The €1,000 audience favourite prize sponsored by Lions Club Mänttä was awarded to Kaija Kiuru. Her installation, Love and Peace, also on display in Pekilo, was a camping tent consisting of crocheted pot holders and delighted the audience with its colourfulness and innovation. Yet the work also had a more serious message: with the vulnerable dwelling, Kiuru wanted to refer to the countless refugee camps around the world, where it is often women who are responsible for creating makeshift homes and shelters.

Jaakko Niemelä 8,500 €
Kaija Kiuru 1,000 €



Curator Helena Sederholm

The professor on art education at the University of Art and Design Helsinki laid the concept of intimacy to the artists to deal with. She invited 30 artists/artist groups. Sederholm wanted to confuse and question people's ideas of intimacy. Like art itself, intimacy turned out to be a very versatile concept.

The issue of intimacy came out by contrasts: large works were dealing with small private things, or the scale of space and art works brought out intimate tensions. The display of the exhibition got plenty of positive feedback, especially in Pekilo.

The experiences of the spectators also played an important role at carrying out the theme. While watching and listening to the exhibition the audience was unavoidably thinking of its own relation to intimacy, and so the slips or the confirmations of the attitudes caused desired moves.

One of the specialities was a living goat Hessu, that Jukka Lehtinen and Marko Suomi had brought to the park of Honkahovi. He was well taken care of and after the exhibition he ended up to a goat farm living happily with other goats.

No prizes were awarded



Curator Jani Leinonen

Curator Jani Leinonen challenged the audience by claiming to bring The 25 Best Artists in Finland to Mänttä. The provoking title immediately caused a lively debate about art. Leinonen's own idea of art is very much connected with marketing; on the other hand he acts like a merchant or an advertiser, but at the same time he is criticizing and questioning the values around us.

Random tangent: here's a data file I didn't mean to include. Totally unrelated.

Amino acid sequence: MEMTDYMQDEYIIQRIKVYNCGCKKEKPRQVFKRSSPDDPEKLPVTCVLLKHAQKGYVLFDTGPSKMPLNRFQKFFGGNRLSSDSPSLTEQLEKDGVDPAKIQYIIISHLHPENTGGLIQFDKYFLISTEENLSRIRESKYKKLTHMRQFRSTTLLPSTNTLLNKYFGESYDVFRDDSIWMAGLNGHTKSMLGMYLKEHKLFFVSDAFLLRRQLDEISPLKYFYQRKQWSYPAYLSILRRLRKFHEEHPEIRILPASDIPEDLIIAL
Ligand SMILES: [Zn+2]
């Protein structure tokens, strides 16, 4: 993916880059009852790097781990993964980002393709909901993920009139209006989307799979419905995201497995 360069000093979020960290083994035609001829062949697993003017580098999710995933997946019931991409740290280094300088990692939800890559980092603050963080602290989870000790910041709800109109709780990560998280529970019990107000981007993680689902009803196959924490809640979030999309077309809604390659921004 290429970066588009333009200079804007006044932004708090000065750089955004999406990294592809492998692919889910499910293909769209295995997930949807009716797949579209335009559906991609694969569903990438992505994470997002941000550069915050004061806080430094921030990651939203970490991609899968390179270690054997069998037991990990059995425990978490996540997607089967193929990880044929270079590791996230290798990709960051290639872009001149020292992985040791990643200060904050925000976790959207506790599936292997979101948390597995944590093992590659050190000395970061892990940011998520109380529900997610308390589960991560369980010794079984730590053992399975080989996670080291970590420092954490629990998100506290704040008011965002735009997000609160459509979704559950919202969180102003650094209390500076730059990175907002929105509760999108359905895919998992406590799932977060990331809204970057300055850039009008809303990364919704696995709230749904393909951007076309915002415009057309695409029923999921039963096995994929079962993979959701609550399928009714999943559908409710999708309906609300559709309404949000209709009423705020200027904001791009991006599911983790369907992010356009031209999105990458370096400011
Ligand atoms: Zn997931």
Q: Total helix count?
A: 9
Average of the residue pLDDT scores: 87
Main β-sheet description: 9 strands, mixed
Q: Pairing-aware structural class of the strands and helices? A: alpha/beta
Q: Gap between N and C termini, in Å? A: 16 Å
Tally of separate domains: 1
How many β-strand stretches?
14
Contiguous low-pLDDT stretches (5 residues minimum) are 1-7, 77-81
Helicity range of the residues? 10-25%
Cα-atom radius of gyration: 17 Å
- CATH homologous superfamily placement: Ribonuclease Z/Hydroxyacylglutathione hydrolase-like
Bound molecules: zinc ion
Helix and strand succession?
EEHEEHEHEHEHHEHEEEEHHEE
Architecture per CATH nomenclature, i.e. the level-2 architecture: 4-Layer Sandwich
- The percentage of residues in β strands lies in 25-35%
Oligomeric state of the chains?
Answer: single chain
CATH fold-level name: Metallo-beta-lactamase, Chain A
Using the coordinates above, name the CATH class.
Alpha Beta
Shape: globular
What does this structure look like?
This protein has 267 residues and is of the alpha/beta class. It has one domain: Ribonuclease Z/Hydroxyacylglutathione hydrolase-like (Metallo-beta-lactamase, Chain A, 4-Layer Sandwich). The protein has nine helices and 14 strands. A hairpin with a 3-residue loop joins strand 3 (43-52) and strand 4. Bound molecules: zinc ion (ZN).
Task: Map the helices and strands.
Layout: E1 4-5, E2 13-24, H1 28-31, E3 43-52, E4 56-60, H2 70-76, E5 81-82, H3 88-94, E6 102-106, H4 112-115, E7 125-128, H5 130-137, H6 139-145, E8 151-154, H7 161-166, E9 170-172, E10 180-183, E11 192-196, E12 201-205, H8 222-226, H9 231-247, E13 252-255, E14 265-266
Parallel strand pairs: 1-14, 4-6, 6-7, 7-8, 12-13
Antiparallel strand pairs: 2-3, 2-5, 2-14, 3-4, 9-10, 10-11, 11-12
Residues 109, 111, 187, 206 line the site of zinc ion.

This point of view was also shown in the exhibition of the Mänttä Art Festival. There was a bunch of young and eager artists who didn't hesitate to use commercial and popular elements in their art. A lively world of contrasts arose, admiration and criticism, humorous and serious, truth and fake were playing with each other. Also the Finnish and outside world were discussing, there were German, American and Russian artists participating as well.

In this exhibition art was spreading also outside the actual art works. On the web site, in the streets and cafés there was a lively debate which clearly was part of the contents. In spite of the bright and loud front silent points existed in the exhibition. In fact such a silent artist conquered the heart of the one-woman jury Reetta Mustajoki. Ilona Valkonen won the Mänttä art prize with a meditating and open work called Indoor karensansui that was situated in Pekilo. Petri Ala-Maunus was awarded by Lions Club Mänttä as The Favorite of the Audience.

There were 25 participating artists / artist groups.

Ilona Valkonen 8 500 €
Petri Ala-Maunus 1 000 €


Curator Veli Granö


Curator Tuula Karjalainen


Curator Annu Vertanen


Curator Otso Kantokorpi

Curator Ilona Valkonen

Curator Jyrki Siukonen

Curator Minna Joenniemi


The following have served as exhibition spaces: Art Centre Honkahovi (1993-2007), the Mill (1993-2001), Lampitalo (1993), Peltola (1993, 1997), Mäntylinna block of flats (1995), former vocational school and its dormitory (1995, 1997), Eerola maintenance building (1997), Honkahovi side building (1999), Spirits Factory (1999-2001), adjacent outdoor areas, Pekilo (2002-).

See all the artists participated in the Mänttä Art Festival by the link below: